A picture snapped surreptitiously and posted to Reddit's r/funny thread has drawn attention to a little known tenet of the Sikh faith.
"Yes, I’m a baptized Sikh woman with facial hair," Balpreet Kaur, a college student, wrote in response to her picture.
Kaur, an Ohio State University sophomore studying neuroscience and psychology, is a baptized Sikh, and as such follows the so-called "5 Ks," or five physical symbols that date back to the creation of the faith by Guru Gobind Singh in 1699, according to BBC.
One of the tenets is kesh, or uncut hair.
"Yes, I realize that my gender is often confused and I look different than most women. However, baptized Sikhs believe in the sacredness of this body - it is a gift that has been given to us by the Divine Being [which is genderless, actually] and, must keep it intact as a submission to the divine will," she added to her response on Reddit.
The photo was also picked up by Cracked.com, which lauded the student for her "graceful and fresh" response.
The poised student, who is also president of the Sikh Student Association and plans to be a neurosurgeon, also said that she believes that by not worrying on her outward appearance, she is able to better focus on actions that matter.
"When I die, no one is going to remember what I looked like, heck, my kids will forget my voice, and slowly, all physical memory will fade away," she writes. "However, my impact and legacy will remain: and, by not focusing on the physical beauty, I have time to cultivate those inner virtues and hopefully, focus my life on creating change and progress for this world in any way I can."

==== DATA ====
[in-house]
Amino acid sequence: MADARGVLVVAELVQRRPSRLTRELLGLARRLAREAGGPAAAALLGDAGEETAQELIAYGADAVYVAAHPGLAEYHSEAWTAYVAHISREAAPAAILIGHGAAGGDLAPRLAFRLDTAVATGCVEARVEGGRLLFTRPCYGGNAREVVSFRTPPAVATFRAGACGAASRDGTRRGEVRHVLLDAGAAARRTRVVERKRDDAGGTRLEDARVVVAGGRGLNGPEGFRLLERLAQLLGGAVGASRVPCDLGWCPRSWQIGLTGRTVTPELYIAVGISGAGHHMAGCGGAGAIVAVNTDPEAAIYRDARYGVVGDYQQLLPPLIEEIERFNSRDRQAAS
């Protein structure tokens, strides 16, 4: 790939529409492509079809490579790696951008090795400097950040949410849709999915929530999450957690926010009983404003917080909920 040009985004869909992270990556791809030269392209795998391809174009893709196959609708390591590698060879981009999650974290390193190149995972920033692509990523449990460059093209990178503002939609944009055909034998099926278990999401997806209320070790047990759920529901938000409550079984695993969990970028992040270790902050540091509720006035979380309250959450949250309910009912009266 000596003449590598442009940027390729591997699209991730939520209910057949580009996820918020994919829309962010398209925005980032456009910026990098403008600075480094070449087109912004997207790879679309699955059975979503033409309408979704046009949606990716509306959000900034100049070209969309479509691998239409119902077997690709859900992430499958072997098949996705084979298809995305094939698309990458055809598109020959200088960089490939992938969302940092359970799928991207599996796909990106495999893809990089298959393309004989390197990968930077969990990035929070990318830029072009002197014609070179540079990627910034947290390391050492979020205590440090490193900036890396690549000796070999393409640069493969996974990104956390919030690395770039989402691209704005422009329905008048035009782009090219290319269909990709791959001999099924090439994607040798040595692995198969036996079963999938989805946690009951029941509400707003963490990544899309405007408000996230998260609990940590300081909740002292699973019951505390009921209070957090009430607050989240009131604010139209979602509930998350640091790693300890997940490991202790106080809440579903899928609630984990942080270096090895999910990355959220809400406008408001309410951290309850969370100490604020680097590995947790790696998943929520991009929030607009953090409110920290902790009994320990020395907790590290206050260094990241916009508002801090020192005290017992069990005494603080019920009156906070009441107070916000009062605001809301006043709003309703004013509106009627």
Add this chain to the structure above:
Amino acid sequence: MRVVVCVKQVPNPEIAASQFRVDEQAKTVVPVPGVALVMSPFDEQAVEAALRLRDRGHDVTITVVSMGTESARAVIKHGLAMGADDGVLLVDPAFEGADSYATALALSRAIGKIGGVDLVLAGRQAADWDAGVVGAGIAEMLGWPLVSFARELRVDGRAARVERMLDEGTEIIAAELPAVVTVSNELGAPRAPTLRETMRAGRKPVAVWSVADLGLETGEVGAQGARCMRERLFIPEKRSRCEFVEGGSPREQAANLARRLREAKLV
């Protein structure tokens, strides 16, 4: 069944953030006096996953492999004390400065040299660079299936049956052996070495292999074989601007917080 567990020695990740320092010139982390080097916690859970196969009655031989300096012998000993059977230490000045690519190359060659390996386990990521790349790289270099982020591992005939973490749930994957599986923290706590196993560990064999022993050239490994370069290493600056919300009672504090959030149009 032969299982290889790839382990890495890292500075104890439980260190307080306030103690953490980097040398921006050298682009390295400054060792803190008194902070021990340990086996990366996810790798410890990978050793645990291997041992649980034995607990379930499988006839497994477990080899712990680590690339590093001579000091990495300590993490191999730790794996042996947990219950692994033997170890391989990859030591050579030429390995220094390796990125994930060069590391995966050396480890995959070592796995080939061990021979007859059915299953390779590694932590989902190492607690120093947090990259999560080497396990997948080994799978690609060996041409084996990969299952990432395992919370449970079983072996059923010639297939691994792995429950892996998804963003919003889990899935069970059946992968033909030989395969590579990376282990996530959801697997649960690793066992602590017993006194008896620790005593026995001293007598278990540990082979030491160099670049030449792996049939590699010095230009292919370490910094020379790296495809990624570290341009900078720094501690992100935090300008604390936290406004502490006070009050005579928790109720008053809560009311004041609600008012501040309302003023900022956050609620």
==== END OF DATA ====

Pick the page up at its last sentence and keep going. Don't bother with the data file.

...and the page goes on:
While not alone in her adherence, Western culture's standards of beauty -- which involve all sorts of waxing and shaving -- have made many Sikh women disregard the rule.
According to Gurinder Singh Mann, a professor of Sikh studies at UC Santa Barbara, more and more women have begun to treat the religious requirement as flexible.
"The winds of all this modernity and secularism are growing," Singh Mann said in an interview with the Los Angeles Times.
For Kaur, however, there's nothing to be ashamed of.
"I’m not embarrased or even humiliated by the attention [negative and positive] that this picture is getting because, it’s who I am," Kaur wrote. And, she added, if you're out and about on the OSU campus, by all means come by and say hello.
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